An estimated 1 million Californians,
living in economically stressed pockets of the state, face
daunting challenges in obtaining clean and affordable water to
drink, addressing sanitation or stormwater needs, and gaining the
help to do so. Across the state, efforts are underway to provide
help. The goal is to do so in a way that allows members of
disadvantaged communities to express their needs and wants, set
priorities and obtain the technical assistance necessary to begin
to solve their challenges.
This handbook is intended as a resource for anyone in, or
involved with, communities throughout the state that have
historically struggled to make their water resource needs known
to agencies with the power to help.
California is no stranger to drought. When conditions become dry,
water storage declines and water conservation mandates make news
headlines; questions from the public often surface about what
appear to be easy solutions to augment the state’s water supply.
But the answers can be complicated and, in the end, there is no
silver bullet to ensure a resilient water supply, especially
We explore “frequently asked questions” often posed by the public
and provide answers below. Simply click on the question for the
answer to appear.
This handbook provides crucial
background information on the Sustainable Groundwater Management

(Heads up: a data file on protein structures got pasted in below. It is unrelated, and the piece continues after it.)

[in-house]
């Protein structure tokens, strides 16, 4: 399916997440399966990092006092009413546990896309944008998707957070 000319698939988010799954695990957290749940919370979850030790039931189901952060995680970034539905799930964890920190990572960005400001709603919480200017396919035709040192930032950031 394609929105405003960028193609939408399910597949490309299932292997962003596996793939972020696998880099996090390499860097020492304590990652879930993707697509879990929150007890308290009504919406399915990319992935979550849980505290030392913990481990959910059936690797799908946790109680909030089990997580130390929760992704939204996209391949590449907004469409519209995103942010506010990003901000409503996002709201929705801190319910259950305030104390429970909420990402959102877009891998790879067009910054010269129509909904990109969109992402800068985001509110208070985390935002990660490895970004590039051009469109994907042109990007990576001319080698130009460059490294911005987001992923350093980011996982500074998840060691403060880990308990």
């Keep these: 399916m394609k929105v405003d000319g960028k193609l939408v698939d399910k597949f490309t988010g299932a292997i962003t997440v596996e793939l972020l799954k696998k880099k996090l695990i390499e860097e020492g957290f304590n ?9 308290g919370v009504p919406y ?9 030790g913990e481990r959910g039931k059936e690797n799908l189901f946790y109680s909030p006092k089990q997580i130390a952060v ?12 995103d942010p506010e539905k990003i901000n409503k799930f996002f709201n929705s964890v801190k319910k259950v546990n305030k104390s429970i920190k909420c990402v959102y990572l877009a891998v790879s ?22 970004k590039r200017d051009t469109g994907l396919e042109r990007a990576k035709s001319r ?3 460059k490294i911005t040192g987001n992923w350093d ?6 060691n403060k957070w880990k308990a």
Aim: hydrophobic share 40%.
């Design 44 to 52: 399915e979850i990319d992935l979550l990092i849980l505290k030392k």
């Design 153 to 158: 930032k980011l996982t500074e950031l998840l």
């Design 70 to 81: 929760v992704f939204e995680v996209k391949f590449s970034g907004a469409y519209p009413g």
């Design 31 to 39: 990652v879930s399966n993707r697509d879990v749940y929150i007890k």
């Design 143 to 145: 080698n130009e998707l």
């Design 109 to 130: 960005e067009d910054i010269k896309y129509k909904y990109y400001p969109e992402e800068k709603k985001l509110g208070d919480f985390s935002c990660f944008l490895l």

Act, signed into law in 2014 by Gov. Jerry Brown. The handbook
also includes a section on options for new governance.
As of October 2016, California had endured five years of drought,
and the state has paid a price, with a high toll on the state’s
rivers, reservoirs, groundwater and all the life water supports.
Impacts have included water shortages and a decrease in water
quality, which have impaired water systems and challenged
agriculture, businesses and communities.
The digital version of the Layperson’s Guide to Integrated
Regional Water Management (IRWM) is an in-depth,
easy-to-understand publication that provides background
information on the principles of IRWM, its funding history
and how it differs from the traditional water management
“Finding Ways to Restore Delta Habitat and Protect Property
Owners” is a briefing paper distributed at two Delta landowner
workshops in January 2014 sponsored by the Water Education
Foundation and the Sacramento-San Joaquin Delta Conservancy.
This 24-page paper discusses a number of options for Delta
landowners who want to participate in habitat conservation work
and also receive assurances from private landowner liability
under species protection laws.
The Water Education Foundation produced a radio ad campaign in
four Southern California counties (Los Angeles, Orange, Riverside
and San Bernardino) to educate citizens about keeping
pharmaceuticals out of their water supply.